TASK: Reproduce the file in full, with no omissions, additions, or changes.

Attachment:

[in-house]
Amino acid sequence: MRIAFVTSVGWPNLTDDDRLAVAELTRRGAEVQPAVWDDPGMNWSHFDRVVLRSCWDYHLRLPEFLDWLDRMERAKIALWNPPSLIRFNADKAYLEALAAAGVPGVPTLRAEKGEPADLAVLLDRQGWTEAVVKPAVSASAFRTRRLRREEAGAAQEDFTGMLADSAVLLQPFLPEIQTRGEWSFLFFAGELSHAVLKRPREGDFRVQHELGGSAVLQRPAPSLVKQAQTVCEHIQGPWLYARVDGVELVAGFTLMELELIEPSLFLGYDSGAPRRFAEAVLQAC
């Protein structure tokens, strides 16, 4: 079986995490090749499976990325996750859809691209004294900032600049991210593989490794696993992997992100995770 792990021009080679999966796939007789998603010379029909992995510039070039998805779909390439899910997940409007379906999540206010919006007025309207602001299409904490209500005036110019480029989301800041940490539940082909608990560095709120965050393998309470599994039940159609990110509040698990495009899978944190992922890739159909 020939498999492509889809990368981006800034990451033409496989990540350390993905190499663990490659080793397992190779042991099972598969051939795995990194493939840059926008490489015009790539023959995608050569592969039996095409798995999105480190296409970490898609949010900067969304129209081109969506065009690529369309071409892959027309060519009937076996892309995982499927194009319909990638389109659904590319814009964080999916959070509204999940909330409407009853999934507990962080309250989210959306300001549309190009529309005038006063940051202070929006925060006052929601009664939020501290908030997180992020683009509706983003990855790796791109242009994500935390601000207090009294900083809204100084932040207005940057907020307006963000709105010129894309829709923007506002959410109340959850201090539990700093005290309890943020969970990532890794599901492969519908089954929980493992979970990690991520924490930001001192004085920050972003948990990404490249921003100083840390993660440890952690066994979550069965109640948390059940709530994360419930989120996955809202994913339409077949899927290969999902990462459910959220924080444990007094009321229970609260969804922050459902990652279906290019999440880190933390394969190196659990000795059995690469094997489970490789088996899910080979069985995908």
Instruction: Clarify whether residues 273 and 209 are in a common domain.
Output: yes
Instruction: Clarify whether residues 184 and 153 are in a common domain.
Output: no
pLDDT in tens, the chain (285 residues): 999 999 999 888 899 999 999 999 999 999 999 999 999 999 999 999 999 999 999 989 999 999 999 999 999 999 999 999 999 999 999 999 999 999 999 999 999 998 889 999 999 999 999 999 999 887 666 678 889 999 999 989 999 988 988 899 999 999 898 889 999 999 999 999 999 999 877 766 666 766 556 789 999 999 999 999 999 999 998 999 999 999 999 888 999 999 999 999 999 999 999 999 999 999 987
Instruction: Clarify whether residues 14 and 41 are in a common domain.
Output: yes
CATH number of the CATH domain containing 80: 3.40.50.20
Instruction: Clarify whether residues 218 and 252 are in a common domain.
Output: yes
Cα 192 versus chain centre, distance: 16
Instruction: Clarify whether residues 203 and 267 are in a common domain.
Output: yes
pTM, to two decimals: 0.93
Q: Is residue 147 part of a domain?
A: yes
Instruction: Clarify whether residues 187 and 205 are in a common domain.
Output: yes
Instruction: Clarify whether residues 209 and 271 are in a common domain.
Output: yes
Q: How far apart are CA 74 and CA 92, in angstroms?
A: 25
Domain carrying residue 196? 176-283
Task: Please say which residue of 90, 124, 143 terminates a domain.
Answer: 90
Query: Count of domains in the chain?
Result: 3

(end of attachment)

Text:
[in-house]
Amino acid sequence: MRIAFVTSVGWPNLTDDDRLAVAELTRRGAEVQPAVWDDPGMNWSHFDRVVLRSCWDYHLRLPEFLDWLDRMERAKIALWNPPSLIRFNADKAYLEALAAAGVPGVPTLRAEKGEPADLAVLLDRQGWTEAVVKPAVSASAFRTRRLRREEAGAAQEDFTGMLADSAVLLQPFLPEIQTRGEWSFLFFAGELSHAVLKRPREGDFRVQHELGGSAVLQRPAPSLVKQAQTVCEHIQGPWLYARVDGVELVAGFTLMELELIEPSLFLGYDSGAPRRFAEAVLQAC
């Protein structure tokens, strides 16, 4: 079986995490090749499976990325996750859809691209004294900032600049991210593989490794696993992997992100995770 792990021009080679999966796939007789998603010379029909992995510039070039998805779909390439899910997940409007379906999540206010919006007025309207602001299409904490209500005036110019480029989301800041940490539940082909608990560095709120965050393998309470599994039940159609990110509040698990495009899978944190992922890739159909 020939498999492509889809990368981006800034990451033409496989990540350390993905190499663990490659080793397992190779042991099972598969051939795995990194493939840059926008490489015009790539023959995608050569592969039996095409798995999105480190296409970490898609949010900067969304129209081109969506065009690529369309071409892959027309060519009937076996892309995982499927194009319909990638389109659904590319814009964080999916959070509204999940909330409407009853999934507990962080309250989210959306300001549309190009529309005038006063940051202070929006925060006052929601009664939020501290908030997180992020683009509706983003990855790796791109242009994500935390601000207090009294900083809204100084932040207005940057907020307006963000709105010129894309829709923007506002959410109340959850201090539990700093005290309890943020969970990532890794599901492969519908089954929980493992979970990690991520924490930001001192004085920050972003948990990404490249921003100083840390993660440890952690066994979550069965109640948390059940709530994360419930989120996955809202994913339409077949899927290969999902990462459910959220924080444990007094009321229970609260969804922050459902990652279906290019999440880190933390394969190196659990000795059995690469094997489970490789088996899910080979069985995908």
Instruction: Clarify whether residues 273 and 209 are in a common domain.
Output: yes
Instruction: Clarify whether residues 184 and 153 are in a common domain.
Output: no
pLDDT in tens, the chain (285 residues): 999 999 999 888 899 999 999 999 999 999 999 999 999 999 999 999 999 999 999 989 999 999 999 999 999 999 999 999 999 999 999 999 999 999 999 999 999 998 889 999 999 999 999 999 999 887 666 678 889 999 999 989 999 988 988 899 999 999 898 889 999 999 999 999 999 999 877 766 666 766 556 789 999 999 999 999 999 999 998 999 999 999 999 888 999 999 999 999 999 999 999 999 999 999 987
Instruction: Clarify whether residues 14 and 41 are in a common domain.
Output: yes
CATH number of the CATH domain containing 80: 3.40.50.20
Instruction: Clarify whether residues 218 and 252 are in a common domain.
Output: yes
Cα 192 versus chain centre, distance: 16
Instruction: Clarify whether residues 203 and 267 are in a common domain.
Output: yes
pTM, to two decimals: 0.93
Q: Is residue 147 part of a domain?
A: yes
Instruction: Clarify whether residues 187 and 205 are in a common domain.
Output: yes
Instruction: Clarify whether residues 209 and 271 are in a common domain.
Output: yes
Q: How far apart are CA 74 and CA 92, in angstroms?
A: 25
Domain carrying residue 196? 176-283
Task: Please say which residue of 90, 124, 143 terminates a domain.
Answer: 90
Query: Count of domains in the chain?
Result: 3